Western’s Associated Students legislative agenda weighs in on major national discussions of the past year, emphasizing support of undocumented students and survivors of sexual assault. Some other major topics include sexual education reform in K-12 schools, voters rights and access, tuition affordability, civics education and student unionization.
This agenda highlights what the AS deems as important issues to campus and students overall. The agenda was brought together by the Legislative Affairs Council, a committee made up of students.
The AS is also working in the local community on issues important to students.
Anna Kemper, the local issues coordinator for the AS, works closely with other legislative stakeholders at Western. She keeps up with Bellingham City Council and organizes action that is relevant to Western students.
“Top priority issues to students include housing availability and affordability, homelessness and protection for undocumented students,” Kemper said. “I’ll be continuing the work of the past local lobbyists by focusing on housing and social justice issues in Bellingham that relate to students.”
Kemper focuses on topics listed on the agenda and discussed in media that relate to issues in Bellingham and on Western’s campus. She has been in her role since September and makes it her job to be knowledgeable of student concerns.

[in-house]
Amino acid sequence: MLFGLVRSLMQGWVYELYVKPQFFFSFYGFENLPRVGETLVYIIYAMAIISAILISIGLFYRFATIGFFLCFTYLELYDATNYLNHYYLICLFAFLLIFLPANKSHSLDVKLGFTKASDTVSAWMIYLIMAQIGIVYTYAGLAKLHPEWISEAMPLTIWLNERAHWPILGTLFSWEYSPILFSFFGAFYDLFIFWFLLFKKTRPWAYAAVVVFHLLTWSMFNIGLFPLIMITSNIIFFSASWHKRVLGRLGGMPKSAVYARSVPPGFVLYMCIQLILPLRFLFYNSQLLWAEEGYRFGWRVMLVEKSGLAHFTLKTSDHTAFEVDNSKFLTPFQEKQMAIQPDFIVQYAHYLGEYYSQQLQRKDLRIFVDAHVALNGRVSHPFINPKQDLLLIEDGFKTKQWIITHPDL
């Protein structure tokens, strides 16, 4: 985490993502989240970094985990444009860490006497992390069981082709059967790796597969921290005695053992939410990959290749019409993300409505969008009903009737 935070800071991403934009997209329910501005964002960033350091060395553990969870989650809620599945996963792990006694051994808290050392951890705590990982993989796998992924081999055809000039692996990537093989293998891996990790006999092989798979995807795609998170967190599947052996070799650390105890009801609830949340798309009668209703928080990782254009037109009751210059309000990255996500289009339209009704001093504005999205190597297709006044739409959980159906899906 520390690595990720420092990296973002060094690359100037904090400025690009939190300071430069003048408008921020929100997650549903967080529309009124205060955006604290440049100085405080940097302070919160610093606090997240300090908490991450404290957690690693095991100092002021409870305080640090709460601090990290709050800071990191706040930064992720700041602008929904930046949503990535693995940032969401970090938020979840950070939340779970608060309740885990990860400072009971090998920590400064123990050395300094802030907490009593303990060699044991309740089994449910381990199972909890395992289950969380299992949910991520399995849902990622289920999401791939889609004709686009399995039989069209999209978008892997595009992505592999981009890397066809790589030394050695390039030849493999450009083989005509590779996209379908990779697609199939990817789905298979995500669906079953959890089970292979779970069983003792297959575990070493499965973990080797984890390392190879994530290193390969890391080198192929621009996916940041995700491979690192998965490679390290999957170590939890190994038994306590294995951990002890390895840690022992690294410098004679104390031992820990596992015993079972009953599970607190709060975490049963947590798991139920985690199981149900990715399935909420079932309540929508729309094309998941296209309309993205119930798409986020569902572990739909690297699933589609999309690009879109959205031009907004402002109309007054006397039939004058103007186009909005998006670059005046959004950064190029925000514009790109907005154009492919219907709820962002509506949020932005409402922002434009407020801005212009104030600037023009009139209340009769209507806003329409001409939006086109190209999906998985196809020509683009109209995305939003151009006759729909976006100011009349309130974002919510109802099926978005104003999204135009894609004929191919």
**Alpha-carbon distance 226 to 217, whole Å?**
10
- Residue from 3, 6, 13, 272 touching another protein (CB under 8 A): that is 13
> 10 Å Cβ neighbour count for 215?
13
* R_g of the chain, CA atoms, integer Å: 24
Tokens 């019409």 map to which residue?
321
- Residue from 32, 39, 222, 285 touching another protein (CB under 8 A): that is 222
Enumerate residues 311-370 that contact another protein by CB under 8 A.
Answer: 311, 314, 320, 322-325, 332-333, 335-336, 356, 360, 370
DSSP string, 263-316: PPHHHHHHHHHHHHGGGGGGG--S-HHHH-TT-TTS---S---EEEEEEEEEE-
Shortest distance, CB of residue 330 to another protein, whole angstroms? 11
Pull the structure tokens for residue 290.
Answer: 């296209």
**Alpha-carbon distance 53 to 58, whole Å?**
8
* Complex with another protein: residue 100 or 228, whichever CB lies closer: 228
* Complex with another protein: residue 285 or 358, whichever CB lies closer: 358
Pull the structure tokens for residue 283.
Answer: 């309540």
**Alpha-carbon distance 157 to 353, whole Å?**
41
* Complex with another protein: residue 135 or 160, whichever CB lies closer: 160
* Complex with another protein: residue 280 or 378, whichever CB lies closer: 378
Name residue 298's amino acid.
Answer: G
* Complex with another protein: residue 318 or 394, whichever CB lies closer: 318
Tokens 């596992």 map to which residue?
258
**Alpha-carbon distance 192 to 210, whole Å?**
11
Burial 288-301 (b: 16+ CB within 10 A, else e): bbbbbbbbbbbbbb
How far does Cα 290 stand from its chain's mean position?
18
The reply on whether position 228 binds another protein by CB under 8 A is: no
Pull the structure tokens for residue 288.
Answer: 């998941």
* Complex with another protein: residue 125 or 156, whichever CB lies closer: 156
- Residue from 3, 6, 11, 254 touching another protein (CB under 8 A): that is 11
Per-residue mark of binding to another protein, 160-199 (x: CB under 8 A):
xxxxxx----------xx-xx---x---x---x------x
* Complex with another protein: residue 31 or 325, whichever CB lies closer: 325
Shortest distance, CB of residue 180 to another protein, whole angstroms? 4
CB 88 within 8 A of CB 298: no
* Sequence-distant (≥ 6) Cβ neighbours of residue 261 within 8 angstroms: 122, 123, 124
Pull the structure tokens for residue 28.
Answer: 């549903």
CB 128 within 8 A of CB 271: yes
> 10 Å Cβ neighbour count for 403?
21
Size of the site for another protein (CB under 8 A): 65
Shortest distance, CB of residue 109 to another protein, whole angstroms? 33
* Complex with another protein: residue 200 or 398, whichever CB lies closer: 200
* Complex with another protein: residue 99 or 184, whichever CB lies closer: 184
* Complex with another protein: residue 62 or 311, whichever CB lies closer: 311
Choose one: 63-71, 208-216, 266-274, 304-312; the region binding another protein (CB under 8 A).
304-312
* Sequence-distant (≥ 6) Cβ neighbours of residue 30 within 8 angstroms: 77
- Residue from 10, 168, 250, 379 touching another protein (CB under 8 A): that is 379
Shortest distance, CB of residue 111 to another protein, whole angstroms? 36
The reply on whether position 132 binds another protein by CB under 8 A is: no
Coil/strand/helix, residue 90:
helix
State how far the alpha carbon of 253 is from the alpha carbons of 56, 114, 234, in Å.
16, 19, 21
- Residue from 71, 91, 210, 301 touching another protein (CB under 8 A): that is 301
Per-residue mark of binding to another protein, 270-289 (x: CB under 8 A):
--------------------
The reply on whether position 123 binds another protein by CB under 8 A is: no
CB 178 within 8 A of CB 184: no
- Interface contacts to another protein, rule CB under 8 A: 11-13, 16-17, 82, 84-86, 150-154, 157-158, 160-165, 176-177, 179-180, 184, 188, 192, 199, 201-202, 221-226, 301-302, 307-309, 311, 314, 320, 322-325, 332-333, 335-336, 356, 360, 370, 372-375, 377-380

Here are the items on the legislative agenda this year:
Tuition & affordability
The AS agenda again focuses on tuition, listing rising cost as a concern.
In the agenda, the AS also makes a point to recognize that tuition for 2013-14 and 2014-15 were frozen (meaning tuition did not increase or decrease) and
for 2015-16, it actually decreased.
The agenda listed ways to continue the trends from those school years. The AS said they advocate for rolling back the 2.0-2.2 percent increase in tuition over the 2017-19 time period. They also include fully funding the State Need Grant, permanently detatching various activity fees from tuition and looking into the possibility of free tuition in the future, especially for low-income families.
Support undocumented students
The AS recognizes undocumented students as one of the most vulnerable groups of students and hopes to increase support for them, according to the agenda.